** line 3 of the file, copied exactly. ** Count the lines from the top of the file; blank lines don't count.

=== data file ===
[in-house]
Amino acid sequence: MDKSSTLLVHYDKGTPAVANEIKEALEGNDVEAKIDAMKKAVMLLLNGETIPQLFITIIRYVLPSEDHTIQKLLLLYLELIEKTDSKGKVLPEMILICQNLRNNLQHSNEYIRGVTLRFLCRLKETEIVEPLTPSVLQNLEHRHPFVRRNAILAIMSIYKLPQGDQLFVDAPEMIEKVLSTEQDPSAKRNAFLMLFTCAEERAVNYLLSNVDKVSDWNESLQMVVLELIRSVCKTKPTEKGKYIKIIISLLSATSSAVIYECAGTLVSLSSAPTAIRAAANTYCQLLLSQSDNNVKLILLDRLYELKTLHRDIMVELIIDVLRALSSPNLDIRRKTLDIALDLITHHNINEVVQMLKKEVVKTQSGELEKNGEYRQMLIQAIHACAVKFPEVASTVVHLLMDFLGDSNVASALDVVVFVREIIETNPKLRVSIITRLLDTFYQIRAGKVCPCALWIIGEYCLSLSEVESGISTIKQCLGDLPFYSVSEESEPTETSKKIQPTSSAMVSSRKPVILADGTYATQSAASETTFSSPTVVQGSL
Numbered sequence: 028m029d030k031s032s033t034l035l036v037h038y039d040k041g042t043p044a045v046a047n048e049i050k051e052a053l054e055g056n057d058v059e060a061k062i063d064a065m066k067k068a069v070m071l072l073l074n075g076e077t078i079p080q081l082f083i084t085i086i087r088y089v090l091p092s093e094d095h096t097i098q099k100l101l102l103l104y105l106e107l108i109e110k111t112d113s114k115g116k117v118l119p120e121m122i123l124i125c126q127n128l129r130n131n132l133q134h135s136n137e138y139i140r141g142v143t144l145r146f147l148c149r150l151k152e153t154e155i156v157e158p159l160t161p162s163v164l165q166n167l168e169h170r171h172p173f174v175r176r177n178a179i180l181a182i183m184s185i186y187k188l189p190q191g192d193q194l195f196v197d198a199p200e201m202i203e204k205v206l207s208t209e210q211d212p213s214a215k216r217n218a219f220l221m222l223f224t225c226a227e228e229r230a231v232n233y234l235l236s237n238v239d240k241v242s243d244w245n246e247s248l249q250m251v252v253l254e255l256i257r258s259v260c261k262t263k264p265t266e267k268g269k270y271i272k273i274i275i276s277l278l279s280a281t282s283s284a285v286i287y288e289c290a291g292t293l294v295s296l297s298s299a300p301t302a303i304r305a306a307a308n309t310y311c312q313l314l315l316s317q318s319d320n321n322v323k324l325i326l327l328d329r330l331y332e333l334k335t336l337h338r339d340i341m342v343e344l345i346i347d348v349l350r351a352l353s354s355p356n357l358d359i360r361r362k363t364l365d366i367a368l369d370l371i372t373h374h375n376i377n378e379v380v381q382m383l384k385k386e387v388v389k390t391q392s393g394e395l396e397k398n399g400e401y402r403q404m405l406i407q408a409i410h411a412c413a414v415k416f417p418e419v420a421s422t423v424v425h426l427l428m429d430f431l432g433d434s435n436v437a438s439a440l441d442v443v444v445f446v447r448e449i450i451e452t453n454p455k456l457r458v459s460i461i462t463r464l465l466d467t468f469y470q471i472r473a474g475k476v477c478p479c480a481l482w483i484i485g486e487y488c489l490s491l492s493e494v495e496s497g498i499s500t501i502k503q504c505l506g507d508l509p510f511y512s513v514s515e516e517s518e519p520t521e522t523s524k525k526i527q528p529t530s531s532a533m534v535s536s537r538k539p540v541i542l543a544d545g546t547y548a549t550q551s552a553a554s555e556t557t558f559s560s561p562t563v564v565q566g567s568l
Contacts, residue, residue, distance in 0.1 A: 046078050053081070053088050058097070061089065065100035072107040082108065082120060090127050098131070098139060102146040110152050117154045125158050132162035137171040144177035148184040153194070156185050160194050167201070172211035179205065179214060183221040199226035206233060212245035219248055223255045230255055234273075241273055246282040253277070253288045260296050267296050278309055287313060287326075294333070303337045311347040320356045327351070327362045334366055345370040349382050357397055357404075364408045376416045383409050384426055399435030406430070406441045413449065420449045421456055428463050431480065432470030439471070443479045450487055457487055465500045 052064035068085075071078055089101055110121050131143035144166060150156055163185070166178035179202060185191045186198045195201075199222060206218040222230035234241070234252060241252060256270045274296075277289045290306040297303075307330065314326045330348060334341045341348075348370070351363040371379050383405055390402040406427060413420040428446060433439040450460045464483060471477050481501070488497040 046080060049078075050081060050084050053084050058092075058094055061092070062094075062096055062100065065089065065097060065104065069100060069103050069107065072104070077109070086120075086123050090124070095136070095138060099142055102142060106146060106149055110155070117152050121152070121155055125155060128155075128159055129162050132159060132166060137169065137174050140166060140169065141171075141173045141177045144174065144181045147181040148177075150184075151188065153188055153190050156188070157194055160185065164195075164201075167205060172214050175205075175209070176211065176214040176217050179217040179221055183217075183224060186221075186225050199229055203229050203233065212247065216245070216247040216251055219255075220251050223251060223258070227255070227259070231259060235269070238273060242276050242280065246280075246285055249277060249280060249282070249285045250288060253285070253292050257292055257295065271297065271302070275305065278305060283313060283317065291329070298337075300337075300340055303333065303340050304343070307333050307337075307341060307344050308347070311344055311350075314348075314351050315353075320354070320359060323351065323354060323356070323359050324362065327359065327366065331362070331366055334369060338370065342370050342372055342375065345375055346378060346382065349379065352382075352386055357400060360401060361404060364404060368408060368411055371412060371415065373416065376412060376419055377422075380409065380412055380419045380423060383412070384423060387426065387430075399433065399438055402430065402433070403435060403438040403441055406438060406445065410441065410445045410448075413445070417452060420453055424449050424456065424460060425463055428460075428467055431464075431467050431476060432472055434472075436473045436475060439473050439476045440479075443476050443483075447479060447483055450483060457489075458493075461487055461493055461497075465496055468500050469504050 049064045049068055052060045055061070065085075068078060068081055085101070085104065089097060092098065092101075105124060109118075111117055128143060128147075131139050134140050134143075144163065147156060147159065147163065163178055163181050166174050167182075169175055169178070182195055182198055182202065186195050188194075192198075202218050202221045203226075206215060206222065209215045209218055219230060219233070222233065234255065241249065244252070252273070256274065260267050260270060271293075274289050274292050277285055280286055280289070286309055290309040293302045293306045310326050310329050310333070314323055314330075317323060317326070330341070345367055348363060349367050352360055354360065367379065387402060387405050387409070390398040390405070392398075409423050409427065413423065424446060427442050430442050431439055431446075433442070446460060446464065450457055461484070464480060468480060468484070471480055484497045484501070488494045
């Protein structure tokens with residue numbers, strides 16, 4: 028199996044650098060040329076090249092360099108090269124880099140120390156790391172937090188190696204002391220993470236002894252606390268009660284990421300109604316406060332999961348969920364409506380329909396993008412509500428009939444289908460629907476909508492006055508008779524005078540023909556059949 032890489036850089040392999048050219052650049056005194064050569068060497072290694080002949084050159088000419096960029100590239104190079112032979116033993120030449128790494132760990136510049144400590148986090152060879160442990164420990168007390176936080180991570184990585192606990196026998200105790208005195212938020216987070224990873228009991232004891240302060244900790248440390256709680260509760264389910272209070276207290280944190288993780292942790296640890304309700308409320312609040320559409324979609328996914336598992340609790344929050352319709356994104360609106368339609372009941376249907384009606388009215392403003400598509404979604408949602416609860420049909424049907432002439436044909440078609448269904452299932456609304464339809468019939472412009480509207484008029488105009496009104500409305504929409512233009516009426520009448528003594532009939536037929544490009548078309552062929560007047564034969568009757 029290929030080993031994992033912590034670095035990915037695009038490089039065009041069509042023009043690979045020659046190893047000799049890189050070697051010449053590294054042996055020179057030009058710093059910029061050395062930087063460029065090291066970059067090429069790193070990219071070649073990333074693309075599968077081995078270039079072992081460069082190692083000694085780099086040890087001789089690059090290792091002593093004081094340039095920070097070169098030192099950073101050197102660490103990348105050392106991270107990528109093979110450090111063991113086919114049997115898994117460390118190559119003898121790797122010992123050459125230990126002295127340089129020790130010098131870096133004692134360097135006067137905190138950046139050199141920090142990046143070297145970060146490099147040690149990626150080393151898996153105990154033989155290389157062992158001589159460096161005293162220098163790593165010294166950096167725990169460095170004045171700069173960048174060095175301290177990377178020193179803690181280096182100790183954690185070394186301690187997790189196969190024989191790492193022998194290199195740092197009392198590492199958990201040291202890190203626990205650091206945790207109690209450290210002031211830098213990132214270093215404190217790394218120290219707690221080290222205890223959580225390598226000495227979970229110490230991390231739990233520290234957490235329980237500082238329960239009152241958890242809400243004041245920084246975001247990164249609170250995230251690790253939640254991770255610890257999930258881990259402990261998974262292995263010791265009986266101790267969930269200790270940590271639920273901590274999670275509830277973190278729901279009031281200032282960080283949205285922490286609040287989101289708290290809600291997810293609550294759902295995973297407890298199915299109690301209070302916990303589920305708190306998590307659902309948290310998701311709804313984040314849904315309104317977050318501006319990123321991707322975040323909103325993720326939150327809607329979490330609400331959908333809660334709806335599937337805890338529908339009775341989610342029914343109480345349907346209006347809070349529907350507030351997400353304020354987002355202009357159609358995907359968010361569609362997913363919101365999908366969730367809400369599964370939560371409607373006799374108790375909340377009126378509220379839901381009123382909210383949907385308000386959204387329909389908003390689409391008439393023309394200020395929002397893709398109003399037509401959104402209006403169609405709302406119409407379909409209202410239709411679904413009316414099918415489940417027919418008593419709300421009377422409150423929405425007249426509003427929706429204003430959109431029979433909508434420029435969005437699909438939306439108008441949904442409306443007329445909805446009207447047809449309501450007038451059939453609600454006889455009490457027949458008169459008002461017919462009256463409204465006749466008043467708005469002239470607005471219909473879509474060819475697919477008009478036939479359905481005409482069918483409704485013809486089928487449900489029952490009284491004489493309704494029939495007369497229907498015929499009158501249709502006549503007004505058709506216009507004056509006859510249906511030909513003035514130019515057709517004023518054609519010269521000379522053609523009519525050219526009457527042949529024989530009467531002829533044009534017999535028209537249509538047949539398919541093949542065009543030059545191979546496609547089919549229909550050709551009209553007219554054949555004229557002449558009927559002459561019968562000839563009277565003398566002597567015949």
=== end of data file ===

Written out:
Numbered sequence: 028m029d030k031s032s033t034l035l036v037h038y039d040k041g042t043p044a045v046a047n048e049i050k051e052a053l054e055g056n057d058v059e060a061k062i063d064a065m066k067k068a069v070m071l072l073l074n075g076e077t078i079p080q081l082f083i084t085i086i087r088y089v090l091p092s093e094d095h096t097i098q099k100l101l102l103l104y105l106e107l108i109e110k111t112d113s114k115g116k117v118l119p120e121m122i123l124i125c126q127n128l129r130n131n132l133q134h135s136n137e138y139i140r141g142v143t144l145r146f147l148c149r150l151k152e153t154e155i156v157e158p159l160t161p162s163v164l165q166n167l168e169h170r171h172p173f174v175r176r177n178a179i180l181a182i183m184s185i186y187k188l189p190q191g192d193q194l195f196v197d198a199p200e201m202i203e204k205v206l207s208t209e210q211d212p213s214a215k216r217n218a219f220l221m222l223f224t225c226a227e228e229r230a231v232n233y234l235l236s237n238v239d240k241v242s243d244w245n246e247s248l249q250m251v252v253l254e255l256i257r258s259v260c261k262t263k264p265t266e267k268g269k270y271i272k273i274i275i276s277l278l279s280a281t282s283s284a285v286i287y288e289c290a291g292t293l294v295s296l297s298s299a300p301t302a303i304r305a306a307a308n309t310y311c312q313l314l315l316s317q318s319d320n321n322v323k324l325i326l327l328d329r330l331y332e333l334k335t336l337h338r339d340i341m342v343e344l345i346i347d348v349l350r351a352l353s354s355p356n357l358d359i360r361r362k363t364l365d366i367a368l369d370l371i372t373h374h375n376i377n378e379v380v381q382m383l384k385k386e387v388v389k390t391q392s393g394e395l396e397k398n399g400e401y402r403q404m405l406i407q408a409i410h411a412c413a414v415k416f417p418e419v420a421s422t423v424v425h426l427l428m429d430f431l432g433d434s435n436v437a438s439a440l441d442v443v444v445f446v447r448e449i450i451e452t453n454p455k456l457r458v459s460i461i462t463r464l465l466d467t468f469y470q471i472r473a474g475k476v477c478p479c480a481l482w483i484i485g486e487y488c489l490s491l492s493e494v495e496s497g498i499s500t501i502k503q504c505l506g507d508l509p510f511y512s513v514s515e516e517s518e519p520t521e522t523s524k525k526i527q528p529t530s531s532a533m534v535s536s537r538k539p540v541i542l543a544d545g546t547y548a549t550q551s552a553a554s555e556t557t558f559s560s561p562t563v564v565q566g567s568l